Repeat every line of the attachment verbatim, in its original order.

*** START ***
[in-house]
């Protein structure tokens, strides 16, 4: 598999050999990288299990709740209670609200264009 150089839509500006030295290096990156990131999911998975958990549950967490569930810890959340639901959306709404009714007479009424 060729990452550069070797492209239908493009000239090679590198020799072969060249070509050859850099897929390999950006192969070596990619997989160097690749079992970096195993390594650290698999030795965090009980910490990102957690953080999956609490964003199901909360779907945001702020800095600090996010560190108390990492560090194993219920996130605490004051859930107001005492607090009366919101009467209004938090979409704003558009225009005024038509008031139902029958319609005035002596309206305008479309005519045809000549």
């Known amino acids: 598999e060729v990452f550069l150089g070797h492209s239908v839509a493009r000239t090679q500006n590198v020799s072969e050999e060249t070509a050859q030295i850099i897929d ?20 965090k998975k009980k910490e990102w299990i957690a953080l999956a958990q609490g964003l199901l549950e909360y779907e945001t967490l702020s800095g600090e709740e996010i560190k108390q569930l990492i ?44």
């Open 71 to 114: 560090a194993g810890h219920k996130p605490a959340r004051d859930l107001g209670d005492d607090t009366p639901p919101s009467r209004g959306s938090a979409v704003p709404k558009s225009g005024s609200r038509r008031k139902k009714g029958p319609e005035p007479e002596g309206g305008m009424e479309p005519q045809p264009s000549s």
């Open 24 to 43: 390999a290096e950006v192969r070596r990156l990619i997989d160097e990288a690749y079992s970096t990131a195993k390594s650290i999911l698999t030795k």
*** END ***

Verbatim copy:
[in-house]
């Protein structure tokens, strides 16, 4: 598999050999990288299990709740209670609200264009 150089839509500006030295290096990156990131999911998975958990549950967490569930810890959340639901959306709404009714007479009424 060729990452550069070797492209239908493009000239090679590198020799072969060249070509050859850099897929390999950006192969070596990619997989160097690749079992970096195993390594650290698999030795965090009980910490990102957690953080999956609490964003199901909360779907945001702020800095600090996010560190108390990492560090194993219920996130605490004051859930107001005492607090009366919101009467209004938090979409704003558009225009005024038509008031139902029958319609005035002596309206305008479309005519045809000549």
């Known amino acids: 598999e060729v990452f550069l150089g070797h492209s239908v839509a493009r000239t090679q500006n590198v020799s072969e050999e060249t070509a050859q030295i850099i897929d ?20 965090k998975k009980k910490e990102w299990i957690a953080l999956a958990q609490g964003l199901l549950e909360y779907e945001t967490l702020s800095g600090e709740e996010i560190k108390q569930l990492i ?44």
């Open 71 to 114: 560090a194993g810890h219920k996130p605490a959340r004051d859930l107001g209670d005492d607090t009366p639901p919101s009467r209004g959306s938090a979409v704003p709404k558009s225009g005024s609200r038509r008031k139902k009714g029958p319609e005035p007479e002596g309206g305008m009424e479309p005519q045809p264009s000549s």
């Open 24 to 43: 390999a290096e950006v192969r070596r990156l990619i997989d160097e990288a690749y079992s970096t990131a195993k390594s650290i999911l698999t030795k």